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From "Doubter" to Atheist Activist

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This article appeared in the SSA eMpirical No. 18 - It's Spring, We Think.

BeckyRBecky Robinson, founder of the UTA Freethinkers, wrote this essay for the American Atheists' Scholarship Competition. We think it's a great story of a freethinker's journey and are happy to share it with you here.

I have been a "doubter" for over 10 years now, and considered myself "agnostic." While growing up outside of Pittsburgh, PA, whether I believed in a god was never a big deal. In Pittsburgh, they are more concerned about what football team you are rooting for on Sundays than if you are in church.

Fast forward to the present in which I now reside in Fort Worth, TX, where religion plays a much larger role in everyday life. It also happens that around the time of moving to Texas I was doing some "soul searching". As I was exploring what I do and do not believe, I seemed to be surrounded by people very willing to tell me how they (and how I should) believe. I found this very off-putting and it sent me in the other direction. The more religion was shoved down my throat, the more eager I became to define myself and my beliefs. I started to take notice of things that I had never noticed before. I took notice to how much religion was involved in politics, especially in the South, and I became appalled at how the Religious Right has been attempting to hijack my country.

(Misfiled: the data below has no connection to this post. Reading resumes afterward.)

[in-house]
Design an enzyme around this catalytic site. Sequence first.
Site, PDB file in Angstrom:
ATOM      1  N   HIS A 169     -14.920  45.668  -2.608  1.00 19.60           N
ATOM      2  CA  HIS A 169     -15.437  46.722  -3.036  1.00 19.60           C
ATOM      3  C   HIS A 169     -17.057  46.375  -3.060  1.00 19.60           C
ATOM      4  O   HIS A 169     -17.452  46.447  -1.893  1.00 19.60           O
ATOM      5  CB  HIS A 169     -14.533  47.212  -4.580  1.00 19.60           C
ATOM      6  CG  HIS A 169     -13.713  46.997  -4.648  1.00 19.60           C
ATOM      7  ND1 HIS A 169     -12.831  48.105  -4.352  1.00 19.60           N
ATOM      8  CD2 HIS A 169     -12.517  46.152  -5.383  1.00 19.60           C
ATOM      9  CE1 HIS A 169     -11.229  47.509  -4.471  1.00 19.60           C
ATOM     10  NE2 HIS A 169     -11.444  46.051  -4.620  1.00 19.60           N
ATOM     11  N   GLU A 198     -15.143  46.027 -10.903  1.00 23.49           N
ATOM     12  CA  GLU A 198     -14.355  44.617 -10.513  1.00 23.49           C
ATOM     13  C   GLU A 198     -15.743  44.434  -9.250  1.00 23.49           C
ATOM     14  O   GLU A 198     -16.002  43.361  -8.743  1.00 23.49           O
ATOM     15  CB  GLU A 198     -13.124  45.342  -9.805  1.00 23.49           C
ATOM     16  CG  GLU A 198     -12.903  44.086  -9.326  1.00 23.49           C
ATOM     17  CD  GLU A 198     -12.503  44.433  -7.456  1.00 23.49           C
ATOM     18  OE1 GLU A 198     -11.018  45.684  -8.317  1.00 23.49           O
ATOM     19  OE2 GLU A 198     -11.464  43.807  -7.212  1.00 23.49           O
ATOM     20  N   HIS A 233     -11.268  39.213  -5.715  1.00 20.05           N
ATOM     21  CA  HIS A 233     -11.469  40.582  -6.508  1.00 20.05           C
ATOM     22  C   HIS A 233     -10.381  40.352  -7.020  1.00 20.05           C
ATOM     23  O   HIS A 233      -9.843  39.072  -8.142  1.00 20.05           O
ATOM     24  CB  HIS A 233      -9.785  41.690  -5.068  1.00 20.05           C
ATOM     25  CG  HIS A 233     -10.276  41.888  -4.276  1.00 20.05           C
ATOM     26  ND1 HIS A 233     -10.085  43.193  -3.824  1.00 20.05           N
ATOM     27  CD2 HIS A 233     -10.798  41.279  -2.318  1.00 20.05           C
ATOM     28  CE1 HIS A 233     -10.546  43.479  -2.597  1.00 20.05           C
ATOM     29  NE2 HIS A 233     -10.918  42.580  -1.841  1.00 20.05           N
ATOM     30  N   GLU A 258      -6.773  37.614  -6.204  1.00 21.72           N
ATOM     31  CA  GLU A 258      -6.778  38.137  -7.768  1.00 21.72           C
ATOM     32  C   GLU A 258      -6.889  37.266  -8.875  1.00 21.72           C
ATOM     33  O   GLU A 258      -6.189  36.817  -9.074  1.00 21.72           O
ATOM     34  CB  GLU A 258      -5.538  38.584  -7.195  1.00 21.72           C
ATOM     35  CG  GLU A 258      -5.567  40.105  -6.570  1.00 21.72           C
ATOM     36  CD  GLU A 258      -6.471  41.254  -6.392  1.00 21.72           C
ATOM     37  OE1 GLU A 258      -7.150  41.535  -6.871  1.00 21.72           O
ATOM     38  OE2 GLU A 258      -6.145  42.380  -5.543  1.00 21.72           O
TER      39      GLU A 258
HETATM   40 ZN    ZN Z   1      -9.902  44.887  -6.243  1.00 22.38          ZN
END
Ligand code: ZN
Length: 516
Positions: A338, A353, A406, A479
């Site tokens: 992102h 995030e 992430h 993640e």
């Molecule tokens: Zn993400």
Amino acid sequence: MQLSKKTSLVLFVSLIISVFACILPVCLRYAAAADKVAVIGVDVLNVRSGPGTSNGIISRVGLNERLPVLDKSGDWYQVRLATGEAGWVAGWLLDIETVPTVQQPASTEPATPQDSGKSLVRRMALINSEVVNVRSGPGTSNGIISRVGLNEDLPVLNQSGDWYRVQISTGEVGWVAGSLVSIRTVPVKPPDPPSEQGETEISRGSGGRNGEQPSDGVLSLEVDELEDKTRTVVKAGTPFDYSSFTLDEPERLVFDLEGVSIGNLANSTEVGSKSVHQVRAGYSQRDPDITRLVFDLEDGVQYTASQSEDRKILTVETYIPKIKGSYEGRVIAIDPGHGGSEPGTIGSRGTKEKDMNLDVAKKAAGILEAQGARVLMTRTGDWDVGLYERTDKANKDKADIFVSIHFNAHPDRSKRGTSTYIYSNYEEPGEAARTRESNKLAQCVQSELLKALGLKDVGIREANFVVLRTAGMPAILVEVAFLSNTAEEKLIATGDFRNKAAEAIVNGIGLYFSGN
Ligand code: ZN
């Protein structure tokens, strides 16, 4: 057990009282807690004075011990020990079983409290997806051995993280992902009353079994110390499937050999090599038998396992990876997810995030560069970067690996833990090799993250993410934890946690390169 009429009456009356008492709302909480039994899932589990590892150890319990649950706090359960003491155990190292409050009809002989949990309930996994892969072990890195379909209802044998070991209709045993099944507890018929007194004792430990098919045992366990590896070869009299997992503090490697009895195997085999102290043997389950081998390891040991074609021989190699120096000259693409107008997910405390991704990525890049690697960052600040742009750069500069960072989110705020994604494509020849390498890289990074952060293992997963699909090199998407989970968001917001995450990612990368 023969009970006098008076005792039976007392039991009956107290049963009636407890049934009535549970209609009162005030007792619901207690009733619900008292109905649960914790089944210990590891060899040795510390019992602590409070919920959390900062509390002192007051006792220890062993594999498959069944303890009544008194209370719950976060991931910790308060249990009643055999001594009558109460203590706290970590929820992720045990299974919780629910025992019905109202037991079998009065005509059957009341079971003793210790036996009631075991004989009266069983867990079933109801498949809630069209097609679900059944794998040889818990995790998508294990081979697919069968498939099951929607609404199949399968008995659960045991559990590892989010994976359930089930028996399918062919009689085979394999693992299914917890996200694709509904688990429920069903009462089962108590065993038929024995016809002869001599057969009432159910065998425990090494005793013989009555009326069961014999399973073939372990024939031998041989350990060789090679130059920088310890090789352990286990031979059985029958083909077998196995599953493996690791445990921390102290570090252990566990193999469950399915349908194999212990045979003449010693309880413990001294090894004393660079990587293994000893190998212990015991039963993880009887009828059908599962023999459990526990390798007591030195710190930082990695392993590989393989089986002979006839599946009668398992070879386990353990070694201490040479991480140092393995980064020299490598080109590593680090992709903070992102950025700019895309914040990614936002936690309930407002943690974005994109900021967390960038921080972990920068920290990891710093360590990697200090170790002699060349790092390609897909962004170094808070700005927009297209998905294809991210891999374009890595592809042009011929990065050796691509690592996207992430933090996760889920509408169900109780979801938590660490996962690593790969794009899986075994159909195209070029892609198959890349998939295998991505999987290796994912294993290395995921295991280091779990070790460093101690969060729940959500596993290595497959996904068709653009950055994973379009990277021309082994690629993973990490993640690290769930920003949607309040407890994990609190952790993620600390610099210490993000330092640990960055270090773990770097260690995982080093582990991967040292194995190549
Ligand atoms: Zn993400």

As I learned more about atheism, science, the separation of church and state, and the true history of the founding of our country, the more comfortable I became with my non-belief (and the angrier I became at those trying to distort the facts). I came to the conclusion that I was an atheist. An atheist! I attended the Center for Inquiry's Student Leadership Conference in the summer of 2006, which became a life-changing experience. It was the first time I had ever been around a group of like-minded people. It was refreshing and enlightening. I realized that I needed that in my life.

When I got back to Texas, I decided that I was going to attempt to begin a campus group of my own. Being that I only attend school part-time and live off-campus, I do not know that many people. I had no idea how I was going to pull it off, but I knew that I at least had to try. I started a UTA Freethinkers Facebook group and spent hours sending out personal invites to over 2,500 people. I saw the group start to grow. At one time, we had over 800 members just from UTA! I figured that most of those people probably had no idea what "Freethinking" really was and many of those who did would not want to join a real-life campus group, but it was a start. I sent out messages to the members and set up an Organizational Meeting to get the ball rolling. Now, I have never even been involved in a campus organization, let alone run one. What I did know is that I had the enthusiasm and drive to make it work.

Over 20 people showed up for the meeting, where much was accomplished. We picked our name (Freethinkers of UTA), drafted our Constitution, elected officers, and made plans to attend the Activities Fair the next day. I spent half of the night making and printing up brochures and starting to get excited. This was really happening!